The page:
Allstate Corp. and other insurers could be forced to write homeowner policies throughout Maryland, including coastal areas where some companies have pulled out, under legislation being drafted in the General Assembly.
Del. David D. Rudolph, vice chairman of the House Economic Matters Committee, said yesterday that he plans to introduce the bill but that specific language has yet to be worked out.
Rudolph said he is responding in part to Allstate's announcement in December that it would stop writing new homeowner policies in the state's coastal areas. The company said it would continue to renew existing customer policies.
Allstate pointed to warnings by scientists that higher sea temperatures in the Atlantic Ocean may lead to more hurricanes making landfall in the Northeast.
The company also changed its underwriting policies in Delaware, Virginia and other states.
"When statewide operators make decisions based on predictions of the future and not conditions today, we want to make sure there's a process followed to protect the citizens of Maryland," said Rudolph, a Cecil County Democrat who heads the property and casualty insurance subcommittee.
Rudolph said lawmakers need to explore how such legislation would affect small, local insurers. Del. Dereck E. Davis, the full committee chairman and a Prince George's County Democrat, said lawmakers also must consider the legislation's impact on the entire industry.
"We need to be mindful in our efforts to protect residents as much as possible that we don't do anything that would drive away carriers or have an adverse impact on the availability of carriers," Davis said.
In addition to Allstate, State Farm Insurance Cos. has stopped writing new policies on properties within given distances of the Atlantic Ocean and Chesapeake Bay. Nationwide Mutual Insurance Co. also has decided to limit new business in coastal areas in the state.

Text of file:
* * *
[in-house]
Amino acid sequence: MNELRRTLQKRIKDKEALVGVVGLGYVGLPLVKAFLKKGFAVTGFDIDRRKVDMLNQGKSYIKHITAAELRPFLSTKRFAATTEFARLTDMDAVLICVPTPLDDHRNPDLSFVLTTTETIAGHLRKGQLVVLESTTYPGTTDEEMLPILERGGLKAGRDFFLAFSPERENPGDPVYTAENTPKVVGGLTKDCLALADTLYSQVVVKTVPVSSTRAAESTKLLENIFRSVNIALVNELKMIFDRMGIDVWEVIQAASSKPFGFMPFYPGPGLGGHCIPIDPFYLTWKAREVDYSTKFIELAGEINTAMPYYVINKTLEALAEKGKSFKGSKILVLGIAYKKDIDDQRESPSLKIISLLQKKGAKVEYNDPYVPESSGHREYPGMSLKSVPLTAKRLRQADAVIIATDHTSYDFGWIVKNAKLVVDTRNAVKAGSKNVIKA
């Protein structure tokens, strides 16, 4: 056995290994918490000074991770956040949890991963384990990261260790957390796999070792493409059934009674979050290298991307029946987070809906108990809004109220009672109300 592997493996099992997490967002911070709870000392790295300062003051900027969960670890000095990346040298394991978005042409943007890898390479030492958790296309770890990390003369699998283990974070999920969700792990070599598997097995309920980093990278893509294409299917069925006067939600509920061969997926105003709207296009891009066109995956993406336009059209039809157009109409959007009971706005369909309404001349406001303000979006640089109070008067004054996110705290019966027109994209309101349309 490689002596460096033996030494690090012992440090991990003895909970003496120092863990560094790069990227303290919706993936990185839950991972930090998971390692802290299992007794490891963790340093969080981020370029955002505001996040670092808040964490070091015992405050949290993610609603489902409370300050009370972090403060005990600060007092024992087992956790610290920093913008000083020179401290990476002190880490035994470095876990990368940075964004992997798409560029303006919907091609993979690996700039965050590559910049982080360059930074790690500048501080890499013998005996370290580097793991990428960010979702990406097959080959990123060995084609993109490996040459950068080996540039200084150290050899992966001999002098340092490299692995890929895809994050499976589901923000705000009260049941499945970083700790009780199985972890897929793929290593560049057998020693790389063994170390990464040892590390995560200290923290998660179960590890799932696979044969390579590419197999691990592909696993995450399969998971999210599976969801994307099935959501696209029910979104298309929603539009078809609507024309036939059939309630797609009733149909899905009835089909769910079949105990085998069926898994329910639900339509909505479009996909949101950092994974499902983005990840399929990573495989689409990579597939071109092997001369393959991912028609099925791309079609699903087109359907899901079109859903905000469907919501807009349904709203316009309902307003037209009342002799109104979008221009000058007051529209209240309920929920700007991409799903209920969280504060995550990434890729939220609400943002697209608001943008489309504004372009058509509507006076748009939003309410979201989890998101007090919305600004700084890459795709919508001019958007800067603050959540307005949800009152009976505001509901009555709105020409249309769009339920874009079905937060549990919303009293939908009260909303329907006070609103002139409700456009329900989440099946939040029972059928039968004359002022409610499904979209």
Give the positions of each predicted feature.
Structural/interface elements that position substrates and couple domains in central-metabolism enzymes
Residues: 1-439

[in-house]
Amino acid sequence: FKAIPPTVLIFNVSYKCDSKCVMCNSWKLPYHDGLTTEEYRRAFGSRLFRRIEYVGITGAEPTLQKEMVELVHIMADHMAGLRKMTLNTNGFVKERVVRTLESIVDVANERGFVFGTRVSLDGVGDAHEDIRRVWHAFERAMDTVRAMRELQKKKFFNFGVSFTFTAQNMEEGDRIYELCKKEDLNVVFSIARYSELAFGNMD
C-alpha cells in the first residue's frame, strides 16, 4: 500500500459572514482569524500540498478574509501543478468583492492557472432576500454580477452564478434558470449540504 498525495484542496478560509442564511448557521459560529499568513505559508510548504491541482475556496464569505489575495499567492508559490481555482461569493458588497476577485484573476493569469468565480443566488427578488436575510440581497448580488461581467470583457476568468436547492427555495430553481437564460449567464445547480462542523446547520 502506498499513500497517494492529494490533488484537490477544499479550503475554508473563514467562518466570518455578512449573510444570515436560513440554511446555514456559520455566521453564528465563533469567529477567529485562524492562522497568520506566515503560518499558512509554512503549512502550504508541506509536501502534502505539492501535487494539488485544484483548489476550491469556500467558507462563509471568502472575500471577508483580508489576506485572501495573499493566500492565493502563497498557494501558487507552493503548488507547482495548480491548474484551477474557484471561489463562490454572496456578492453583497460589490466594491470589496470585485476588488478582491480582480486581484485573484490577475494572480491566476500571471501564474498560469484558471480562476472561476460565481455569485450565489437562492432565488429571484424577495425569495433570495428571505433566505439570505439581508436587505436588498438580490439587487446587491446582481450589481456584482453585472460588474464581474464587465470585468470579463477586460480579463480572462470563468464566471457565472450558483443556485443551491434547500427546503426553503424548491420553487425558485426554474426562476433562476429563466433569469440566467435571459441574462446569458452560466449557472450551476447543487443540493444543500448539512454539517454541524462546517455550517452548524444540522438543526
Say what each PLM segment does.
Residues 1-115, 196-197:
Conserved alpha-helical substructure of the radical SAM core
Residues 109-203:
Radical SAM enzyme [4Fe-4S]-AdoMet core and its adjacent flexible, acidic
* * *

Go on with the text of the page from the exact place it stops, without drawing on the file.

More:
"We have to always assess exposure in disaster-prone areas to make sure that we can take care of our current customers," said Maria Jackson, a spokeswoman for State Farm.
Jackson and Allstate spokeswoman Debbie Pickford declined to comment on Rudolph's proposal because they have not seen the legislative language.
Maryland Insurance Commissioner R. Steven Orr, in a letter to legislative leaders last month, said that the state's property and casualty insurance market "remains healthy and competitive."
Orr said his office conducted a telephone survey of top brokers and agents on the Eastern Shore recently. It found that a number of carriers, including American International Group Inc. and St. Paul Travelers Cos., are still seeking new business.
Meanwhile, Orr said Lloyd's of London has lowered rates to attract new business across the Shore.
Orr defended insurers that have restricted their business in coastal areas.
"In particular, those carriers that had competed aggressively for market share in many states suddenly found themselves looking at catastrophic loss models that had the potential to threaten their solvency," Orr said.